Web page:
Commit a676f8d0 authored by Peter Osterlund's avatar Peter Osterlund Committed by Linus Torvalds
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[PATCH] pktcdvd: documentation update



Update the "theory of operation" description.
Signed-off-by: default avatarPeter Osterlund <petero2@telia.com>
Signed-off-by: default avatarAndrew Morton <akpm@osdl.org>
Signed-off-by: default avatarLinus Torvalds <torvalds@osdl.org>
parent d0272e78
......@@ -5,29 +5,41 @@
* May be copied or modified under the terms of the GNU General Public
* License. See linux/COPYING for more information.
*
* Packet writing layer for ATAPI and SCSI CD-R, CD-RW, DVD-R, and
* DVD-RW devices (aka an exercise in block layer masturbation)
* Packet writing layer for ATAPI and SCSI CD-RW, DVD+RW, DVD-RW and
* DVD-RAM devices.
*
* Theory of operation:
*
* TODO: (circa order of when I will fix it)
* - Only able to write on CD-RW media right now.
* - check host application code on media and set it in write page
* - interface for UDF <-> packet to negotiate a new location when a write
* fails.
* - handle OPC, especially for -RW media
* At the lowest level, there is the standard driver for the CD/DVD device,
* typically ide-cd.c or sr.c. This driver can handle read and write requests,
* but it doesn't know anything about the special restrictions that apply to
* packet writing. One restriction is that write requests must be aligned to
* packet boundaries on the physical media, and the size of a write request
* must be equal to the packet size. Another restriction is that a
* GPCMD_FLUSH_CACHE command has to be issued to the drive before a read
* command, if the previous command was a write.
*
* Theory of operation:
* The purpose of the packet writing driver is to hide these restrictions from
* higher layers, such as file systems, and present a block device that can be
* randomly read and written using 2kB-sized blocks.
*
* The lowest layer in the packet writing driver is the packet I/O scheduler.
* Its data is defined by the struct packet_iosched and includes two bio
* queues with pending read and write requests. These queues are processed
* by the pkt_iosched_process_queue() function. The write requests in this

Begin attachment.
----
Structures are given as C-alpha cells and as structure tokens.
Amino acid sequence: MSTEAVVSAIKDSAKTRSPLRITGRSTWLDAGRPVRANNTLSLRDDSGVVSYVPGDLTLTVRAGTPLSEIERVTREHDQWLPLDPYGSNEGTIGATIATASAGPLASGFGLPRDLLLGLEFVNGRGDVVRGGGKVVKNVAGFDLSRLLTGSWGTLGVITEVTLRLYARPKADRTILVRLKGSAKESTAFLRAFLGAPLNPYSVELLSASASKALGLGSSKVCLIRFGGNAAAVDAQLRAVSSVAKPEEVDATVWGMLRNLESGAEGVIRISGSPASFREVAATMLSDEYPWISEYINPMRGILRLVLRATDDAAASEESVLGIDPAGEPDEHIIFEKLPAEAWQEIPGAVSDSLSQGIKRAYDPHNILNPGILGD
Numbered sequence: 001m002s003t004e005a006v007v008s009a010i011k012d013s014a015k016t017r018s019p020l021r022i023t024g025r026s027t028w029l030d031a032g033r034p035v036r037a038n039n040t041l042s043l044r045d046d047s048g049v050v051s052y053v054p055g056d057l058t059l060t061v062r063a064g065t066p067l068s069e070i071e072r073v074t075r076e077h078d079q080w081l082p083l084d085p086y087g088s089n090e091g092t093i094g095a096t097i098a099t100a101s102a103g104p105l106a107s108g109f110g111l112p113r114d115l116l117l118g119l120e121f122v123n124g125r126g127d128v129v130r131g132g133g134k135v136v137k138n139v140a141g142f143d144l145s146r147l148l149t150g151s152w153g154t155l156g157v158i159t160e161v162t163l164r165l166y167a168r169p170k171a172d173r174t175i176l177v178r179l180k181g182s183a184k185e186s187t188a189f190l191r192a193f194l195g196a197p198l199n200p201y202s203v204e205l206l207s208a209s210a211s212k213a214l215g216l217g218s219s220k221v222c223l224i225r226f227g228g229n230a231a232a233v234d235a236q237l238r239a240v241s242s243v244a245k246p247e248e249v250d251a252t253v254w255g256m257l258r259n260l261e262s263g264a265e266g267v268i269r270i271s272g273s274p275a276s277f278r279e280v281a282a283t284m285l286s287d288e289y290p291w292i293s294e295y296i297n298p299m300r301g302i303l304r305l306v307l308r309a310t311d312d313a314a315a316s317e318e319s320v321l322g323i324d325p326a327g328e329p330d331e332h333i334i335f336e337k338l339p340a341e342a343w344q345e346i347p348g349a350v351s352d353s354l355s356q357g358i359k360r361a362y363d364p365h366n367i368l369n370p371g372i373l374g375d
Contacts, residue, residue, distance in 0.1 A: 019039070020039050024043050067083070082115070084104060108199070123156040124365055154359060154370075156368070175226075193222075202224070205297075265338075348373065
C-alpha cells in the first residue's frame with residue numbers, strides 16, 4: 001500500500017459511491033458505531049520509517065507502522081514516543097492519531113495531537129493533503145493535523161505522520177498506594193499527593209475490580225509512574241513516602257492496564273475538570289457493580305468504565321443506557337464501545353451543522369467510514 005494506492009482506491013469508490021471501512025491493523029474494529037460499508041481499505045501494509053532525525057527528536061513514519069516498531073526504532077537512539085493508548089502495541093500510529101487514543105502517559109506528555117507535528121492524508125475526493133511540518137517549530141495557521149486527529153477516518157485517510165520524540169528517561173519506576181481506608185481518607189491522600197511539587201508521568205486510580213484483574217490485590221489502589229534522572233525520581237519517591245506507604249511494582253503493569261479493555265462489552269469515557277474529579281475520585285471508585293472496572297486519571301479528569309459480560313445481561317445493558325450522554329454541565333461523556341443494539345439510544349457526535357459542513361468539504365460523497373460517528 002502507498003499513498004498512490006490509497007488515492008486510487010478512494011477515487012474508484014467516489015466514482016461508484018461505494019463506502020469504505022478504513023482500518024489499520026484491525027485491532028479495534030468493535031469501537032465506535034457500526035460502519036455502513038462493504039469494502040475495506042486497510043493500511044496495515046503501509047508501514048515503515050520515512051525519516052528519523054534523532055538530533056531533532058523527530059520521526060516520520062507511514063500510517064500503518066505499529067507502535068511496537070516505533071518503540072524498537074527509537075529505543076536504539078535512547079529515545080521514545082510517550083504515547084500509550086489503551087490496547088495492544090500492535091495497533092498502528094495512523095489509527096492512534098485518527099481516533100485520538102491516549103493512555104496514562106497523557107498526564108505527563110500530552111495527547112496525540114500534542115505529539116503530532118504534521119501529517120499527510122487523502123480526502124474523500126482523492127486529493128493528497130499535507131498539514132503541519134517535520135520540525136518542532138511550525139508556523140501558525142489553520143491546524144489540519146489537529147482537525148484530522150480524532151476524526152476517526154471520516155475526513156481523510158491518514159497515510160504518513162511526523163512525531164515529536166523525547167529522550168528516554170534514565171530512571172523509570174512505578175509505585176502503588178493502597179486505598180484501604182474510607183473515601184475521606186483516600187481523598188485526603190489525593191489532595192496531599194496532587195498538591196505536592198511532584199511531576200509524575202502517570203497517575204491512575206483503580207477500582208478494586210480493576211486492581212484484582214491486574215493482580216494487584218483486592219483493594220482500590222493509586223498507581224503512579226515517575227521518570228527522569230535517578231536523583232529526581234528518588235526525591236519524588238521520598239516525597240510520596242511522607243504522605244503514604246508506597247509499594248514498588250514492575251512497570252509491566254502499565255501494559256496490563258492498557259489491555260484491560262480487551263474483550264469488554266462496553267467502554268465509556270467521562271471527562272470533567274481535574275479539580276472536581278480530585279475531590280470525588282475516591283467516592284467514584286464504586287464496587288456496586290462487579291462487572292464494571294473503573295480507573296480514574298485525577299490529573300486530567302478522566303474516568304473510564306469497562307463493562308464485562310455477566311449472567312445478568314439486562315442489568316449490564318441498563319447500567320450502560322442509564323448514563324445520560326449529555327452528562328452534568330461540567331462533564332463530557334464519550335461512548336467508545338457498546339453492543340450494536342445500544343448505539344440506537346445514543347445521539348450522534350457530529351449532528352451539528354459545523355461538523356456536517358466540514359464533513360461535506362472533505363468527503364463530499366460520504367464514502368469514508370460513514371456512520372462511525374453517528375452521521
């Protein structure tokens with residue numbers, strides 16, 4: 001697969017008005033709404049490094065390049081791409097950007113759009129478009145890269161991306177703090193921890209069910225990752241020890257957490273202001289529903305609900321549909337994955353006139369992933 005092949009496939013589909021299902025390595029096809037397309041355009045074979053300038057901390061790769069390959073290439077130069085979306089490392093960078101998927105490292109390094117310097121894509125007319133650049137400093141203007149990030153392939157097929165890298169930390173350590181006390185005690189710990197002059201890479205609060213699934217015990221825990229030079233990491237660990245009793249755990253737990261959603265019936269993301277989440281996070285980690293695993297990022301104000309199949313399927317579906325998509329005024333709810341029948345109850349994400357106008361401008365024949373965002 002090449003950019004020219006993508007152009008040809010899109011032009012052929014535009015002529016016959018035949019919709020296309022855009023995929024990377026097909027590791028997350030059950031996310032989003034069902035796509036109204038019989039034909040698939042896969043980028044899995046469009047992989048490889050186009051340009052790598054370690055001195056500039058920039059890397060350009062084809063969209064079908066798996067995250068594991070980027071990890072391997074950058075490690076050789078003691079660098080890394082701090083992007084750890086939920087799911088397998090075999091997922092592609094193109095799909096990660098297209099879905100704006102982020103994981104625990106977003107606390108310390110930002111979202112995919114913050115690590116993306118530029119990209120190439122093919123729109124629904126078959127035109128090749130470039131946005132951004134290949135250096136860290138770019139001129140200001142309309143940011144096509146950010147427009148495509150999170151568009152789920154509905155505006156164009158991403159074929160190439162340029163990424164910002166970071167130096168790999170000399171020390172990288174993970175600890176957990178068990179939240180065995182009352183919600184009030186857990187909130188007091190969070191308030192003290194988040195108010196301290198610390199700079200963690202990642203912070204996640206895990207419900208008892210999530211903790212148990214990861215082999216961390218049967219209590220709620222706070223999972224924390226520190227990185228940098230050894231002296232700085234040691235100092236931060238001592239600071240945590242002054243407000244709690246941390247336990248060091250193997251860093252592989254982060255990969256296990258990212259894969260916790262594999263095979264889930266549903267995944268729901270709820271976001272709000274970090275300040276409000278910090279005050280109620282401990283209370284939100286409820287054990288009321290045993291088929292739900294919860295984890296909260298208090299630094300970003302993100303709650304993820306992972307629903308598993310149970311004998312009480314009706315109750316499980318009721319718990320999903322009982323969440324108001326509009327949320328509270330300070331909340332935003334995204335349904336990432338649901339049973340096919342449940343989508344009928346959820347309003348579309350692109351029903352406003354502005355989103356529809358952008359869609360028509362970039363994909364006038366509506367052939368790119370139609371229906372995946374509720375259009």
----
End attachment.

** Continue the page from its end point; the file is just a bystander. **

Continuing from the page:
* queue are already properly aligned and sized. This layer is responsible for
* issuing the flush cache commands and scheduling the I/O in a good order.
*
* We use a custom make_request_fn function that forwards reads directly to
* the underlying CD device. Write requests are either attached directly to
* a live packet_data object, or simply stored sequentially in a list for
* later processing by the kcdrwd kernel thread. This driver doesn't use
* any elevator functionally as defined by the elevator_s struct, but the
* underlying CD device uses a standard elevator.
* The next layer transforms unaligned write requests to aligned writes. This
* transformation requires reading missing pieces of data from the underlying
* block device, assembling the pieces to full packets and queuing them to the
* packet I/O scheduler.
*
* This strategy makes it possible to do very late merging of IO requests.
* A new bio sent to pkt_make_request can be merged with a live packet_data
* object even if the object is in the data gathering state.
* At the top layer there is a custom make_request_fn function that forwards
* read requests directly to the iosched queue and puts write requests in the
* unaligned write queue. A kernel thread performs the necessary read
* gathering to convert the unaligned writes to aligned writes and then feeds
* them to the packet I/O scheduler.
*
*************************************************************************/
......
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